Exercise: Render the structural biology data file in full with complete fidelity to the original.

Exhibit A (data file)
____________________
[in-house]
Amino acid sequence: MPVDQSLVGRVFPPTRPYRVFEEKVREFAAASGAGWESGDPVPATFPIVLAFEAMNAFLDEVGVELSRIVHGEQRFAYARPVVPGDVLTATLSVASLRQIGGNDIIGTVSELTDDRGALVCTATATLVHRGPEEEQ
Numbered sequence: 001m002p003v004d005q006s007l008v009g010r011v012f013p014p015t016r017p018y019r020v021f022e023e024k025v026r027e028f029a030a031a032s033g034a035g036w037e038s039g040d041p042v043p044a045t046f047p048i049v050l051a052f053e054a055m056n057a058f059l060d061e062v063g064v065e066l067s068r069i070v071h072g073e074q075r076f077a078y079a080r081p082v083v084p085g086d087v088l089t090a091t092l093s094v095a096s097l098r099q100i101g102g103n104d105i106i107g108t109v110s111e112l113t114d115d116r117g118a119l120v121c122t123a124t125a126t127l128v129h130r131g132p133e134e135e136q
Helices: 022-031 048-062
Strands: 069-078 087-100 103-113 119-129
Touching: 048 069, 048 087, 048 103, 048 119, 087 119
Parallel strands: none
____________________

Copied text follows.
[in-house]
Amino acid sequence: MPVDQSLVGRVFPPTRPYRVFEEKVREFAAASGAGWESGDPVPATFPIVLAFEAMNAFLDEVGVELSRIVHGEQRFAYARPVVPGDVLTATLSVASLRQIGGNDIIGTVSELTDDRGALVCTATATLVHRGPEEEQ
Numbered sequence: 001m002p003v004d005q006s007l008v009g010r011v012f013p014p015t016r017p018y019r020v021f022e023e024k025v026r027e028f029a030a031a032s033g034a035g036w037e038s039g040d041p042v043p044a045t046f047p048i049v050l051a052f053e054a055m056n057a058f059l060d061e062v063g064v065e066l067s068r069i070v071h072g073e074q075r076f077a078y079a080r081p082v083v084p085g086d087v088l089t090a091t092l093s094v095a096s097l098r099q100i101g102g103n104d105i106i107g108t109v110s111e112l113t114d115d116r117g118a119l120v121c122t123a124t125a126t127l128v129h130r131g132p133e134e135e136q
Helices: 022-031 048-062
Strands: 069-078 087-100 103-113 119-129
Touching: 048 069, 048 087, 048 103, 048 119, 087 119
Parallel strands: none